Find a local club in your area and attend a few star parties. There you will see the real difference between various scopes and mounts. Then you'll be in a better position to know what you want to do. Larger clubs usually have loaner scopes for those still saving for a real telescope. Members sometimes have a good scope they no longer uses and are willing to sell to a promising amateur, which can save you a lot. This isn't a hobby to do alone. A good club will save you time and money. Since you don't give a location I can't help much. Use these links to help find one in your area.
    http://www.skyandtelescope.com/community/organizations
    http://www.astronomy.com/asy/community/groups/
    http://www.astronomyclubs.com/

    Remember a good scope will hold much of its value when you sell it if it's been well cared for. All of mine more than 20 years old (8 of them) would fetch at least 3x what I paid for them but then I've had them for many years now. A good scope is not just useful for a lifetime as it never gets obsolete or wears out if taken care of, but a good investment as well.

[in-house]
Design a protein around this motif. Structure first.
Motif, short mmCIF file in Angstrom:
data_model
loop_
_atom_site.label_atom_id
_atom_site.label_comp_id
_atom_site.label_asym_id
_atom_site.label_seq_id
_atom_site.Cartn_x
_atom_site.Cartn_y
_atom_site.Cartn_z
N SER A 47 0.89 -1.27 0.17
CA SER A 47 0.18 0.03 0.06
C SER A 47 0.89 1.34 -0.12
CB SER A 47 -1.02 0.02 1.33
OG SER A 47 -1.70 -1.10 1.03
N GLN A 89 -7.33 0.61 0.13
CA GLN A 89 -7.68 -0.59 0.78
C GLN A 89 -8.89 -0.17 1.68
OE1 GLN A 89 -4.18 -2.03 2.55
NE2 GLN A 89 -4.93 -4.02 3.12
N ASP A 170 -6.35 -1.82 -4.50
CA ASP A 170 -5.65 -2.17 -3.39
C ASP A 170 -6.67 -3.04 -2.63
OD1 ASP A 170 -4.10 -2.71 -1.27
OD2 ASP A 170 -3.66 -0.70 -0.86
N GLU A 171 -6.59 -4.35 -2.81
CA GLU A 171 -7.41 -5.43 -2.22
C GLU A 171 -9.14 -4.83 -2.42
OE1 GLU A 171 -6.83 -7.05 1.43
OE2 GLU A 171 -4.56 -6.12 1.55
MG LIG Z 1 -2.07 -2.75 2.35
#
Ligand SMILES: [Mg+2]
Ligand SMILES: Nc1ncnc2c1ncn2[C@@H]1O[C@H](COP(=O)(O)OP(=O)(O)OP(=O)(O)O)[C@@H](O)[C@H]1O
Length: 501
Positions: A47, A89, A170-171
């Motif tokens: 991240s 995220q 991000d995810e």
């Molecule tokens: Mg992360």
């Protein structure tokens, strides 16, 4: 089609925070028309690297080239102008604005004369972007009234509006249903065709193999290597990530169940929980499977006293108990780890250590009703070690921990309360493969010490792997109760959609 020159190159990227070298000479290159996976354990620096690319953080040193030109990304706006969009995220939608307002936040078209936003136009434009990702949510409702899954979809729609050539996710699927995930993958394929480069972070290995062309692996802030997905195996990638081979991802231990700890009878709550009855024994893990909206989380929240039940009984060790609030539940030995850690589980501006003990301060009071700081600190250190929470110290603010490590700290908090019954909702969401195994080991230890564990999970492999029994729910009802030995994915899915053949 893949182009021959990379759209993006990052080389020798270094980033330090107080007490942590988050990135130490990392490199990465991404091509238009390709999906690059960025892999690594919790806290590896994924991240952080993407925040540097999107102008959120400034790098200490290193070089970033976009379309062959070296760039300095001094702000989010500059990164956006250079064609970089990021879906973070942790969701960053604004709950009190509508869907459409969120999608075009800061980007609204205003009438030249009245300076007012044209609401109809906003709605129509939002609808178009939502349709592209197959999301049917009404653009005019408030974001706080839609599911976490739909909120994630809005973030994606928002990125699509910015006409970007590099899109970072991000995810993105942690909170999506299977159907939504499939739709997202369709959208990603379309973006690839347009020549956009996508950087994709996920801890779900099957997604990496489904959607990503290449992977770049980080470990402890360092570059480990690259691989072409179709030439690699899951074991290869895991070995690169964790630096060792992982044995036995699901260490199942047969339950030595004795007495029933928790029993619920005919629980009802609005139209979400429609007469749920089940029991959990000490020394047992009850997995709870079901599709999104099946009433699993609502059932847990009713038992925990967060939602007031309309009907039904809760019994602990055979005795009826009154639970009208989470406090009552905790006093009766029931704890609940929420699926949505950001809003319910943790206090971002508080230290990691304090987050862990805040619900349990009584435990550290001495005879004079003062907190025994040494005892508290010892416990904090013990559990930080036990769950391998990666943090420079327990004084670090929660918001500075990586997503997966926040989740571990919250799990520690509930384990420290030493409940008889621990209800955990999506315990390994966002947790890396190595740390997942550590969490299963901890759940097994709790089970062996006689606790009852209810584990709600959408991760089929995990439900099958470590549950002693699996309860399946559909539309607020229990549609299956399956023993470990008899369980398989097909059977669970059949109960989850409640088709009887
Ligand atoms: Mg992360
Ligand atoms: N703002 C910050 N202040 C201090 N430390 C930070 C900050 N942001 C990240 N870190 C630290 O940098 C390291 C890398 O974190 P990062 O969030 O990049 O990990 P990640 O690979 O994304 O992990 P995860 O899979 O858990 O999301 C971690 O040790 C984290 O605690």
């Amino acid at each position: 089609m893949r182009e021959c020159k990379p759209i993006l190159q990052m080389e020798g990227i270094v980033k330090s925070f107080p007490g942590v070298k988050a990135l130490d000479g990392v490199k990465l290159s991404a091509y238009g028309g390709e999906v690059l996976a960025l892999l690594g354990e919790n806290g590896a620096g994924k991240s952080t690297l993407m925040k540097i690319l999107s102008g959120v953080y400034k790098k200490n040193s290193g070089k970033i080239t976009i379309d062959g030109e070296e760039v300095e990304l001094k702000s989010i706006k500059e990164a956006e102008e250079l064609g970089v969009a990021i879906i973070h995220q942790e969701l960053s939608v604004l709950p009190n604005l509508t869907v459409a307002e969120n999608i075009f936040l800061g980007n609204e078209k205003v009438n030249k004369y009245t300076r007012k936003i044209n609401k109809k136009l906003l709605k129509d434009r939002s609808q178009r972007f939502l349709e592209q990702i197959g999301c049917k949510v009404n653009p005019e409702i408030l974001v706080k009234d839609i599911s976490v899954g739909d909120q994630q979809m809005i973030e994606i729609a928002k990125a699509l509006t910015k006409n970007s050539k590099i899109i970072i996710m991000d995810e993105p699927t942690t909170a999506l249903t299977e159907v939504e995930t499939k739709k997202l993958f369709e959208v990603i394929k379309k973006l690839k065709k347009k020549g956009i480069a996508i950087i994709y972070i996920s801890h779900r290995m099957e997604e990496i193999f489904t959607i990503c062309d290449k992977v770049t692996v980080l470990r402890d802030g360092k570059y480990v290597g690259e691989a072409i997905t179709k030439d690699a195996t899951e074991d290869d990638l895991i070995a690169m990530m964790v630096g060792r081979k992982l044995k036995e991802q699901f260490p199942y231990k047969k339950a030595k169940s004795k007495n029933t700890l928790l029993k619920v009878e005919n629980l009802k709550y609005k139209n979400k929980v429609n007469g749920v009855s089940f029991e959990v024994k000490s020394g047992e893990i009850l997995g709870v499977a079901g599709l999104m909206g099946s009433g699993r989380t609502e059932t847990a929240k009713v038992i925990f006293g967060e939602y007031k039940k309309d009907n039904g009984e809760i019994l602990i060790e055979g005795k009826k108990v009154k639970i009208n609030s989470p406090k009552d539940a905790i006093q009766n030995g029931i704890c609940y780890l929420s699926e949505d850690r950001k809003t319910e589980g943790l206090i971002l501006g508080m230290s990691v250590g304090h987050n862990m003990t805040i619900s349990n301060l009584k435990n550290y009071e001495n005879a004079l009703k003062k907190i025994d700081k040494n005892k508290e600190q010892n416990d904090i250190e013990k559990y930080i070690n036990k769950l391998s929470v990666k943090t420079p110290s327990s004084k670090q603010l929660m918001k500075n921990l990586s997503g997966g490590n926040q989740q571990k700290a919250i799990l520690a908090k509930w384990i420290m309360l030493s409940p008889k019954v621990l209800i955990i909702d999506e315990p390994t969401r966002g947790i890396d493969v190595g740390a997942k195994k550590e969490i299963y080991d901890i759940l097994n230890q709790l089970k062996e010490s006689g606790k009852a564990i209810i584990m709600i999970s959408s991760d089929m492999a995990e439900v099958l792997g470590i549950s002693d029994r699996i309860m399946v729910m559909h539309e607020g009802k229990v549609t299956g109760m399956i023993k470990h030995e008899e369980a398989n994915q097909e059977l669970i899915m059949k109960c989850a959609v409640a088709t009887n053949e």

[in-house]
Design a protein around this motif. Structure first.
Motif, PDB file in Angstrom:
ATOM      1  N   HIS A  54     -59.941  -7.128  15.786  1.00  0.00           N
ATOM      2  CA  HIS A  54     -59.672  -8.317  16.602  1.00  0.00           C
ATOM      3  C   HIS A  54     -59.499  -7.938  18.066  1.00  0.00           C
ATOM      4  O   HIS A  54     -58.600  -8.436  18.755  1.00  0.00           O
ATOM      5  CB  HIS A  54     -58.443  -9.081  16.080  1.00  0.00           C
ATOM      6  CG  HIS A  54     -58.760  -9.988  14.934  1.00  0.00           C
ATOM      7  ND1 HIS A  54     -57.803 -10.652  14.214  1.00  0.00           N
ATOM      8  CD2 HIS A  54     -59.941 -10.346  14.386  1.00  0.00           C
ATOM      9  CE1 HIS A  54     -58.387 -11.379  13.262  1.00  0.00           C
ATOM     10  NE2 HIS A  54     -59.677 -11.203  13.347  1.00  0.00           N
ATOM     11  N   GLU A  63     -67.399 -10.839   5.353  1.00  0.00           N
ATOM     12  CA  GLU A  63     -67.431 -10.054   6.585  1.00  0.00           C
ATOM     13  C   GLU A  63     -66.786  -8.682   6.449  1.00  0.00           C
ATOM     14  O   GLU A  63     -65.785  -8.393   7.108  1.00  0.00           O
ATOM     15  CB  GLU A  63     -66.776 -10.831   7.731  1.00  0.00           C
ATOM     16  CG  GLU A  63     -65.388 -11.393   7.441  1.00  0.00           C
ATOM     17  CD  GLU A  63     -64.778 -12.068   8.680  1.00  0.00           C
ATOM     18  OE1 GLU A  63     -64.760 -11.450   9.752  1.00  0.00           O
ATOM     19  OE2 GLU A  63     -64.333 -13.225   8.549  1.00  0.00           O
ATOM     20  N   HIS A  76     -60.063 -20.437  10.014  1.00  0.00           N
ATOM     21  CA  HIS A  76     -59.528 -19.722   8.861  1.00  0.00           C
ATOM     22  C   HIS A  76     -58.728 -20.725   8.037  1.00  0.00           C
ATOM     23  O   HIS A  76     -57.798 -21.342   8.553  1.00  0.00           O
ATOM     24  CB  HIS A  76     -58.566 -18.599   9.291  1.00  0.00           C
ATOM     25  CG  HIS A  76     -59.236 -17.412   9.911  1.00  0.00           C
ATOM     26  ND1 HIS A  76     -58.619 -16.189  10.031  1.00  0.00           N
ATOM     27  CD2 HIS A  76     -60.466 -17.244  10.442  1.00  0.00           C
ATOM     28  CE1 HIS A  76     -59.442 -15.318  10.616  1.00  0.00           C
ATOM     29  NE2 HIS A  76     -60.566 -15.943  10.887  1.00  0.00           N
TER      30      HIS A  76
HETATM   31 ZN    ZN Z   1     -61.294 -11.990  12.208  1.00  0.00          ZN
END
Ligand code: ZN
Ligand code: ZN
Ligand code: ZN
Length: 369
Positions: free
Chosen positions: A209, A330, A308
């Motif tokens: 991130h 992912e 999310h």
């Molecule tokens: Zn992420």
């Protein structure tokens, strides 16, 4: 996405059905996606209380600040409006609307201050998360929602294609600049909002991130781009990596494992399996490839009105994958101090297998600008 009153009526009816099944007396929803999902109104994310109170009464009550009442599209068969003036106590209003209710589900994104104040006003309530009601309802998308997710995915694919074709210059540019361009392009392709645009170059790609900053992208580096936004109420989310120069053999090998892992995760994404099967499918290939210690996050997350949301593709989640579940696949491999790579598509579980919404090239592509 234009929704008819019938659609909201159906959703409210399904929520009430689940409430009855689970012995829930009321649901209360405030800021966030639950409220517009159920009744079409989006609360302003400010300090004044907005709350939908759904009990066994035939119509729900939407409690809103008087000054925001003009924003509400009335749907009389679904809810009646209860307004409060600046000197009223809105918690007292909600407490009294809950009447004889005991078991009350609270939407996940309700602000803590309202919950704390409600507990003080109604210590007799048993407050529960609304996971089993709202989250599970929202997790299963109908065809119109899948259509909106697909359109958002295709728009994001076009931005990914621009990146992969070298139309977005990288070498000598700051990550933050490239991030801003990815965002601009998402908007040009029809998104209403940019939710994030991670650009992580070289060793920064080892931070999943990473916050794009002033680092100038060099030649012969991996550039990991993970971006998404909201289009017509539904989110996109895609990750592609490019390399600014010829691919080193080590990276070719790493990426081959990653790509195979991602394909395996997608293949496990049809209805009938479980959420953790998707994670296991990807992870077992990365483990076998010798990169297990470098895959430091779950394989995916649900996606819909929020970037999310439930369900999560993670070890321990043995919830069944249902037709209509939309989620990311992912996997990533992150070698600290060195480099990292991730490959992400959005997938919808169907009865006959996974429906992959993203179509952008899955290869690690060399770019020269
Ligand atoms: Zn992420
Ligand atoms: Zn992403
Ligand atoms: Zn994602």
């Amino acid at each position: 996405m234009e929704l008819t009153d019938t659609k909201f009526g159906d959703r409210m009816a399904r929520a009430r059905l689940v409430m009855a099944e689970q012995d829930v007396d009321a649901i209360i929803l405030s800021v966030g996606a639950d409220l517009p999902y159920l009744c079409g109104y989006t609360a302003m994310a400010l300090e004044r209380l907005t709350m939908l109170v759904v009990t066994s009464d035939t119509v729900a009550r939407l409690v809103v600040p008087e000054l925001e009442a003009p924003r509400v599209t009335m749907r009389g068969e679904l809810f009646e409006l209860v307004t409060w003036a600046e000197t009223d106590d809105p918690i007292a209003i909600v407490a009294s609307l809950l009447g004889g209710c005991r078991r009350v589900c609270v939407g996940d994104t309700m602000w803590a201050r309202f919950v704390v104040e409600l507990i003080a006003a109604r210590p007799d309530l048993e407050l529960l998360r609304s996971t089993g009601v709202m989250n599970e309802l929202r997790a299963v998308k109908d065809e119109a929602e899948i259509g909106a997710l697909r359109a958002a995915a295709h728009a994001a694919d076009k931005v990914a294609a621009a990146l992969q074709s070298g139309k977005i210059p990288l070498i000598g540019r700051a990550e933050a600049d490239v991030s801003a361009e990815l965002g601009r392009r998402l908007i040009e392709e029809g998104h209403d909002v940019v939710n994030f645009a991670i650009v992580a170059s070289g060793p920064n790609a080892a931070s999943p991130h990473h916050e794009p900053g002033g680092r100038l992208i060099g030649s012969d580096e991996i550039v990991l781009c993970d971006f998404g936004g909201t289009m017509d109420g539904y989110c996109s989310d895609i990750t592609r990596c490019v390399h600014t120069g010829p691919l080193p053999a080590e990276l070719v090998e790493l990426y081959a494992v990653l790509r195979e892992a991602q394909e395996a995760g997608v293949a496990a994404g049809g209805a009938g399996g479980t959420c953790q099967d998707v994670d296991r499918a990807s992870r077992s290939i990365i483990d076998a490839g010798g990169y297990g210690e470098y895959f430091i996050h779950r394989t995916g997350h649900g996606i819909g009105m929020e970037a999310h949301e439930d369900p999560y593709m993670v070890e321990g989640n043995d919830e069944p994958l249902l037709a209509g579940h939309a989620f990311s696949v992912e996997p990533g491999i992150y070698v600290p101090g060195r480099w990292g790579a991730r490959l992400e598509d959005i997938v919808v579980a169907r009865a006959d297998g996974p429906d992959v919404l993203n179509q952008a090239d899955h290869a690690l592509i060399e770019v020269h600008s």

Rick

  3. #3
    Join Date
    Oct 2007
    Posts
    1,913
    I wouldn't go quite so far as Rick, but I'd say the Orion SkyQuest 4.5 in Dob is a pretty decent beginner scope, but it still costs about twice the OP's budget. They do throw in a couple of decent eyepieces with it. It was my first scope, and I got a lot of good use out of it; still have it, in fact.

    Nick

  4. #4
    Join Date
    Sep 2003
    Posts
    3,237
    Suggestions:

    Save your money over a longer period of time, try to save up more money. Then get something that is well made.

    Check with your local astronomy club. See if they have scopes that members can check out. Failing that, see if they need volunteers for anything, maybe you can help someone with a large scope and get to use it.